20 September 2014

The Philippine government negotiators appeared to have negotiated well the proposed territorial extent of the Bangsamoro since one prominent feature of it seems to be the exclusion of the usually contested areas whose political leaders usually bristles at being included as part of what is now the Autonomous Region in Muslim Mindanao (ARMM), like the Zamboanga region, particularly Zamboanga City, the Cotabato provinces – North Cotabato and South Cotabato, and even the province of Palawan, which was then proposed to be included in the Tripoli Agreement, the 1977 peace agreement negotiated by Pres. Marcos with MoroNational Liberation Front (MNLF) leader Nur Misuari.

But this exclusion could turn out to be a brilliant political tactic on the part of the MILF if it will ultimately result in ensuring the smooth sailing of the Bangsamoro Basic Law (BBL) in Congress, where the elected representatives of those supposed-to-be included provinces lie in wait to see whether they are in or out.

Reading the text of the draft BBL, the core territory of the Bangsamoro includes the following

a. the present geographical area of the Autonomous Region in Muslim Mindanao;

b. the Municipalities of Baloi, Munai, Nunungan, Pantar, Tagoloan and Tangkal in the province of Lanao del Norte and all other barangays in the Municipalities of Kabacan, Carmen, Aleosan, Pigkawayan, Pikit, and Midsayap that voted for inclusion in the ARMM during the 2001 plebiscite;

c. the cities of Cotabato and Isabela;

d. all other contiguous area where there is resolution of the local government unit or a petition of at least ten percent (10%) of the registered voters in the area asking for their inclusion at least two months prior to the conduct of the ratification of the Bangsamoro law and the process of delimitation of the Bangsamoro.

What is noteworthy in the proposed law is the inclusion of Cotabato City, now the de facto center of ARMM, as this is where the seat of government of the ARMM is located. But Cotabato City is not politically a part of the ARMM as it voted no in the last plebiscite. In a way, Cotabato City being a host of the government offices of the ARMM while not being a part of it makes sense, it’s like Washington DC which is not technically a state in the US with the same standing as a regular state. It also removes the envy of other ARMM constituent-provinces whose leading municipalities are not the center of government for the autonomous region.

Cotabato City can be considered a key city in Central Mindanao, with a good port and an airport and a central location for entry and exit of goods and people to and from all the other municipalities of the then Empire Province of Cotabato in the time of President Quezon onwards, no wonder it was the seat of government for all the experiments in autonomous government from the time of Marcos up to the tenure of President Corazon Aquino, be it the Office of the Regional Commissioner (ORC, which is now also the nameplate for jeepney rides), to the Regional Autonomous Government or the RAG, and finally the ARMM.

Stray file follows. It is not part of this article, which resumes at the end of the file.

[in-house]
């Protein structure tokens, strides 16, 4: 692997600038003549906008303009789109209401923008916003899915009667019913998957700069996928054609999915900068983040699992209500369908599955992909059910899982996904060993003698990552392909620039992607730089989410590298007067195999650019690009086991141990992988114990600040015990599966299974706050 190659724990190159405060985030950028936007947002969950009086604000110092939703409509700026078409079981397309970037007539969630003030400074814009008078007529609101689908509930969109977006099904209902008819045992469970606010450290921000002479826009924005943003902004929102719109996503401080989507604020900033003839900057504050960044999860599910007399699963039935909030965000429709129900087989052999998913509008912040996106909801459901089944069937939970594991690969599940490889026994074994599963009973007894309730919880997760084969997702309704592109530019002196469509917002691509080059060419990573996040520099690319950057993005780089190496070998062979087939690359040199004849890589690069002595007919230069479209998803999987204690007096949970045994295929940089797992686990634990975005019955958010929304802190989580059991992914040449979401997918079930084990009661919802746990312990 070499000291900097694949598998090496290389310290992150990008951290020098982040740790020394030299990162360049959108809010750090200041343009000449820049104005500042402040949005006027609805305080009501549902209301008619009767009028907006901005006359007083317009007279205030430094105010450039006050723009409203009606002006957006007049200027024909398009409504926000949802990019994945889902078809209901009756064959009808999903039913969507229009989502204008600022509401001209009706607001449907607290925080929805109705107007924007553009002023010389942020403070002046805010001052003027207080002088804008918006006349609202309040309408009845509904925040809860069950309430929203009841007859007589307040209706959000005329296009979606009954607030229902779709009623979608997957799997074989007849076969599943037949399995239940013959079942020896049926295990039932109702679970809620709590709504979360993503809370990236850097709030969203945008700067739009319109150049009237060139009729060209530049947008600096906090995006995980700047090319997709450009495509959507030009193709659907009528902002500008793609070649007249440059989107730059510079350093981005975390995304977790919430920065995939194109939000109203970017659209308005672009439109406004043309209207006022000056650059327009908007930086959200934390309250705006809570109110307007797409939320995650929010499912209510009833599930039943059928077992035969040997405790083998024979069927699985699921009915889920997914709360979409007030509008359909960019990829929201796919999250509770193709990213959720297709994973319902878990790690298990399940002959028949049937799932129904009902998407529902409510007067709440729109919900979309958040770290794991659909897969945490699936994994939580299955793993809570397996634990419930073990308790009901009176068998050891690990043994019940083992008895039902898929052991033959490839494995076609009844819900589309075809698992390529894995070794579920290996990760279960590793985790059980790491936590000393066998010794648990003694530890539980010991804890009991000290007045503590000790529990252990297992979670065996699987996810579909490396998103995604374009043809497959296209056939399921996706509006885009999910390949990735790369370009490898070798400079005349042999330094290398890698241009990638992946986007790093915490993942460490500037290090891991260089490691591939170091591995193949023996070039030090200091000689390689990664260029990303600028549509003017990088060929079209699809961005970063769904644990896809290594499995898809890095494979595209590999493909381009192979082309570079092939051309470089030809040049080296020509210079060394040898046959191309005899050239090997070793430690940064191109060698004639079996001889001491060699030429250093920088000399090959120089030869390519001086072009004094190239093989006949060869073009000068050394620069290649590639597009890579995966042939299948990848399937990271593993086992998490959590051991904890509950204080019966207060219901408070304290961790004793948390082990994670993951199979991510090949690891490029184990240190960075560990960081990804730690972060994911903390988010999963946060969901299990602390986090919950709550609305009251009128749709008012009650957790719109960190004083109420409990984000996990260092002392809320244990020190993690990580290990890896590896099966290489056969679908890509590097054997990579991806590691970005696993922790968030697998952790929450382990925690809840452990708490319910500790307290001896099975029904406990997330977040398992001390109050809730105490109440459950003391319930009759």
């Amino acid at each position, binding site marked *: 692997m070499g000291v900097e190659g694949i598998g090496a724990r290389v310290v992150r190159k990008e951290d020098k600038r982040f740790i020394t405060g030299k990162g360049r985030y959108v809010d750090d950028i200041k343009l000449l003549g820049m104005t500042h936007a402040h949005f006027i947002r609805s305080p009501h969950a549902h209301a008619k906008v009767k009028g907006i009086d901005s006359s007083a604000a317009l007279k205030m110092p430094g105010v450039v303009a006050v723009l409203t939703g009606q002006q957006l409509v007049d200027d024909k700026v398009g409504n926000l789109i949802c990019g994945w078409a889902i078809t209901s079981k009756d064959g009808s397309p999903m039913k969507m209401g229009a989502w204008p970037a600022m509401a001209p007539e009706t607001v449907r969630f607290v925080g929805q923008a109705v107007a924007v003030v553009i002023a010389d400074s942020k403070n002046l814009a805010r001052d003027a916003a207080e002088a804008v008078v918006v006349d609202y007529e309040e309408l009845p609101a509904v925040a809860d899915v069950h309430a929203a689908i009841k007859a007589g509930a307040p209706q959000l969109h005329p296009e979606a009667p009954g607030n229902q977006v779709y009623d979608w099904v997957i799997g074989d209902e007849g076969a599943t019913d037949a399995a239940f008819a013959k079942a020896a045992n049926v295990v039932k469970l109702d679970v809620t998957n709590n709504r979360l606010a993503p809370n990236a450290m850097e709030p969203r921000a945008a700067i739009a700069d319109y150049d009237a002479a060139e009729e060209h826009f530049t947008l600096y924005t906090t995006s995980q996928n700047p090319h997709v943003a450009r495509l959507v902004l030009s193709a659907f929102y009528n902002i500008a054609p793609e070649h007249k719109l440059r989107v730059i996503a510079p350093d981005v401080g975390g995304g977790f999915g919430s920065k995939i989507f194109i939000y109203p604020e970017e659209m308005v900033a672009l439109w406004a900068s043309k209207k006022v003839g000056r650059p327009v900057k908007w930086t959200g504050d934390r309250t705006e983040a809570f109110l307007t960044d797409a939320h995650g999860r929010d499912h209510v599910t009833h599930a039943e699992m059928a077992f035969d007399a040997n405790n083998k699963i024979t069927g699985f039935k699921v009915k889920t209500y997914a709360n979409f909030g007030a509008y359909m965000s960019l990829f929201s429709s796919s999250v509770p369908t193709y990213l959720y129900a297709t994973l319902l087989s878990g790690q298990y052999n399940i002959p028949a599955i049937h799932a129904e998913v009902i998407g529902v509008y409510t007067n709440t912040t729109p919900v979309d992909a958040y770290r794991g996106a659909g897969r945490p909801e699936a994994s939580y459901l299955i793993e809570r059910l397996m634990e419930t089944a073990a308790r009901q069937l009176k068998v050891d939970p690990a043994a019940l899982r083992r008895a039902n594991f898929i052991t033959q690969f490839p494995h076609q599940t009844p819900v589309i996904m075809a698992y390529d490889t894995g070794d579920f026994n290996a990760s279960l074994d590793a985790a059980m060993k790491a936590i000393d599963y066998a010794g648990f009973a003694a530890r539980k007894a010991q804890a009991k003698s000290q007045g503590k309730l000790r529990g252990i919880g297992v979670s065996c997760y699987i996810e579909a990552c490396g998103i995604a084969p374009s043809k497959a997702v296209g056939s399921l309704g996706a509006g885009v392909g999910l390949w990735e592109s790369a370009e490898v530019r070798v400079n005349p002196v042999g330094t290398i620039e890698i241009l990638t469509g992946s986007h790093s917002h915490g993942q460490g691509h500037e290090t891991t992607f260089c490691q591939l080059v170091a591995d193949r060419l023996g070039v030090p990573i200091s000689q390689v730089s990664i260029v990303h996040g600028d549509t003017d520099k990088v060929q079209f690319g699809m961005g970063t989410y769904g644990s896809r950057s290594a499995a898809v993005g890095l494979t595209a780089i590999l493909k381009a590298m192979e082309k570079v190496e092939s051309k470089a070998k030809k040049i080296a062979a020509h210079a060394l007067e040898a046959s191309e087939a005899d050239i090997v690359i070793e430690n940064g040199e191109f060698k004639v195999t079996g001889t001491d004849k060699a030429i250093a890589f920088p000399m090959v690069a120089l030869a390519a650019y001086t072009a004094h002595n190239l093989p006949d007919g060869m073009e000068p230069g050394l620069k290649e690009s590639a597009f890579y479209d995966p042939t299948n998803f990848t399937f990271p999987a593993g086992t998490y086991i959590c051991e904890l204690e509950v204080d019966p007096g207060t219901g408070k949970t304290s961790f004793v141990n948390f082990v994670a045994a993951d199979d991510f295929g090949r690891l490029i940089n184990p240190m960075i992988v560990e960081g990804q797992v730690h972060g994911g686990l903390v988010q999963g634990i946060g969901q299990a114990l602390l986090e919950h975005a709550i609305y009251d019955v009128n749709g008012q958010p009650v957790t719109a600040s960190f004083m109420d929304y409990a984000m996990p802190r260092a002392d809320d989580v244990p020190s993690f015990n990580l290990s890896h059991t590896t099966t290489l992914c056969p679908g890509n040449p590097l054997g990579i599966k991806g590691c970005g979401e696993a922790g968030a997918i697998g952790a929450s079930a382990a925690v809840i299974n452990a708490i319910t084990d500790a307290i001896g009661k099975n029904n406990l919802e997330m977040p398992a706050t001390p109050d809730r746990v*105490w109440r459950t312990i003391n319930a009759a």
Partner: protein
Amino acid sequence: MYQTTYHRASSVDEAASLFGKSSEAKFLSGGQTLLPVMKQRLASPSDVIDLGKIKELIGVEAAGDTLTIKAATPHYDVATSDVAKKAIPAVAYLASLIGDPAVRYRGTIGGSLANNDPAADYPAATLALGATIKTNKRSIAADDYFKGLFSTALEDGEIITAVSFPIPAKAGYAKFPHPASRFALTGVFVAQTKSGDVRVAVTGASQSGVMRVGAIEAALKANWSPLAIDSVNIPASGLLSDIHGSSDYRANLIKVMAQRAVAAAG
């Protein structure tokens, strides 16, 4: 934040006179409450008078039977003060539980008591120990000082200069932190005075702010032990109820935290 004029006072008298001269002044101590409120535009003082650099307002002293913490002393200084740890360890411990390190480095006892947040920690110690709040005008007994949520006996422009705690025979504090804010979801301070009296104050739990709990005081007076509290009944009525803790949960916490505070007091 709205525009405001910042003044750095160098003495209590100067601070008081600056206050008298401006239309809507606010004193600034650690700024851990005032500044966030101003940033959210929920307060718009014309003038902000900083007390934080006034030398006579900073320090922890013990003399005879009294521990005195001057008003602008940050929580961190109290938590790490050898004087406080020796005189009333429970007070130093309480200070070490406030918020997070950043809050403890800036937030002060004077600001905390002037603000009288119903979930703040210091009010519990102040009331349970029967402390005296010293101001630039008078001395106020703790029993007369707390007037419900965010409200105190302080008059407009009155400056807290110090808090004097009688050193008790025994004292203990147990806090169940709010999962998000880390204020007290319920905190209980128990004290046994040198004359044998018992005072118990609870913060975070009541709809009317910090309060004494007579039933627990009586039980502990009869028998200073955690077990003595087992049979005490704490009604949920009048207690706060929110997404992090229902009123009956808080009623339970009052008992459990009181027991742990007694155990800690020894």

Given the recent news coverage for the independence referendum for Scotland, whereby around 55% of its registered voters rejected such option for independence, the inclusion of Cotabato City as part of the territory of the Bangsamoro could become a hook for media attention, given the emotional attachment of most of its residents who have actually left the place and settled somewhere else.

But if one looks at it from the developmental perspective, it could be more productive long-term for Cotabato City to be a part of the Bangsamoro and become even its capital, as this may spur infrastructure development as well as institution-building efforts to better equip the city to handle the demands of being a capital city of the Bangsamoro. This will in turn enhance the business and livelihood opportunities of its residents, be it Christian, Muslim or lumad (or indigenous people).

Will the Christian residents now of Cotabato City, who previously voted not to be a part of the ARMM, allow this?

The draft BBL lays out in its provision on plebiscite that only a majority of the registered voters who will vote in favor of inclusion in the Bangsamoro is sufficient for that city to be part of the Bangsamoro. This is not a difficult threshold to achieve.

Suppose this majority cannot be achieved in the plebiscite for the establishment of the Bangsamoro, there is another provision in the draft BBL that can be tapped by advocates such that where at least ten percent (10%) of the registered voters petition the soon-to-be-established Bangsamoro Electoral Office, then another plebiscite can be held for the same purpose of determining whether an area can be made part of the Bangsamoro or not, and the same majority of the registered voters would be necessary to achieve the same result. The draft BBL does not specify how many times this petition and plebiscite can be done, so given that there’s no limit, this could be an endless process which may eventually wear down the oppositors for inclusion in the Bangsamoro.

At the outset, the best outcome for all concerned is for Cotabato City to be part of the Bangsamoro at the time of its setting up so it will reap the same goodwill and momentum at the time of the creation of the new political entity, but it is all up to the registered voters there to make this decision.


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